News (USA)

Unknown “chemical agent” released at Baltimore Pride causes panic & injuries

An orange chemical is sprayed into the crowd at Baltimore Pride Photo: X video screenshot

Panic ensued at Baltimore Pride in Maryland this past Sunday after an unknown chemical agent — believed to be mace, tear gas, or another irritant — was released into a crowd near a main stage, leading to many being injured in the chaos.

A video of the incident posted onto X depicts two individuals in civilian clothes fighting, with onlookers surrounding them trying to break it up. The fight begins to escalate, and one of them pulls out an unknown substance to spray their opponent, leading to the aerosol spray hitting the rest of the crowd.

The chaos was reportedly made worse by the launching of fireworks, which many mistook for gunshots.

Another video showed users fleeing the scene in a panic. Some people recording the panic mentioned the substance potentially being mace, a pepper spray designed to severely irritate the eyes, skin, and breathing passages.

First responders treated injuries of people on the scene, and festivities were shut down. This incident occurred after 8:30 PM near North Avenue and Charles Street by the main stage during a performance by Saucy Santana.

It is currently unknown how many were injured.

Reporter Kaitlan Newman of The Baltimore Banner reports that her intern was at the event and saw the chaos that ensued firsthand.

Other individuals at the event reported that the irritant released into the crowd, and the resulting chaos, led to them being trampled over. “It was soooo traumatizing,” said one attendee.

One user claimed that the substance led to people coughing and vomiting.

Another user said that security made the incident worse by pushing them and causing additional injuries.

No information is available on what caused the fight or who was involved.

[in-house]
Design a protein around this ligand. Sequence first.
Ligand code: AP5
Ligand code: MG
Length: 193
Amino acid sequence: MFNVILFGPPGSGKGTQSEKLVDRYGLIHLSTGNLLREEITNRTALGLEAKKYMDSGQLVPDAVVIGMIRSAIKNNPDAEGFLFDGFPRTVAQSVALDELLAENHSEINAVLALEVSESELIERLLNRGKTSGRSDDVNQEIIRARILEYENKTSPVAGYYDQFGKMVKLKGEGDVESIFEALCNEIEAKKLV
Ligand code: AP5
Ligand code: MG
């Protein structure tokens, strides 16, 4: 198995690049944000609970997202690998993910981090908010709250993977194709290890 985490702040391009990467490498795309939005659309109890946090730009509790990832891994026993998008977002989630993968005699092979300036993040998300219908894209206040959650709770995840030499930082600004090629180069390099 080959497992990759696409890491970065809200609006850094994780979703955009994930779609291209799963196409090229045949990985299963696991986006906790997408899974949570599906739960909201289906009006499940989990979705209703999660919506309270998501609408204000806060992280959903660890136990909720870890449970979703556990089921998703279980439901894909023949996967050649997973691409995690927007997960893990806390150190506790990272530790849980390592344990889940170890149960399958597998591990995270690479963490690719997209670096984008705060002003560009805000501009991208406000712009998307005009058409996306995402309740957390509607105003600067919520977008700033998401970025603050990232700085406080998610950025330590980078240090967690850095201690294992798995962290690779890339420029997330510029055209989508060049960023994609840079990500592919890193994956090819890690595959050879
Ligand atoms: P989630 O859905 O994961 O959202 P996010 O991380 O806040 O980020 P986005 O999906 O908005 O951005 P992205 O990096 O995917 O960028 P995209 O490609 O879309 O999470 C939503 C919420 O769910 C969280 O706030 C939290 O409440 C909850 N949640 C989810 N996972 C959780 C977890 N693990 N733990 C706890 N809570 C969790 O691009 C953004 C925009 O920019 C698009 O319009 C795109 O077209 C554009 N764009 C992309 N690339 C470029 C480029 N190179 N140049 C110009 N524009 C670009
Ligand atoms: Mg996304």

Blue Smith, a performer at Baltimore Pride, spoke to LGBTQ Nation. Smith said that until this incident occurred, “[The event] was all love and peace.”

“Me and friends were already getting our belongings to get ready to leave, when all of a sudden a fight broke out,” Smith said. “I’m not sure who was fighting, but someone pulled out mace and was just spraying everyone. The crowd ran, and we all just started running cause it sounded like someone started shooting. Everybody with me was safe, but some people got trampled and some people broke bones simply from being trapped behind the gates.”

“It was sad but the event was truly beautiful until the pettiness began,” Smith added.

Smith continued saying that while they were not hurt in the event, “It saddens me because Baltimore already gets a bad look. I just hate that the times are supposed to have the most fun we f**k it up by being selfish. I feel bad for everybody who got hurt. I just really wish we could bring peace to my city.”

Police are currently investigating the incident.

“At approximately 8:37 p.m., attendees informed officers stationed at the Pride Parade festivities that a possible chemical agent was released into the crowd, potentially mace, hair spray, or another agent. Police did not release the chemical agent,” Detective Freddie Talbert of the Baltimore Police Department told Newsweek.

“Due to the large crowd fleeing, several individuals were injured as they attempted to leave the area,” Talbert added.

Talbert said there’s no “information to support that this was a targeted attack.”

The organizers of Baltimore Pride and the Pride Center of Maryland have pledged to look into other venues for future events to prevent any additional incidents like this.

According to the Baltimore Banner, Bailey Anne Kennedy — the first trans woman to win a Miss Maryland USA pageant — and U.S. Senate candidate Angela Alsobrooks were in attendance at the pride event.

Smith concluded by saying, “We truly are better than what the media portrays but s**t does happen”

LGBTQ Nation reached out to the organizers of Baltimore Pride and the Baltimore Fire Department for comment. This story will be updated if either responds.

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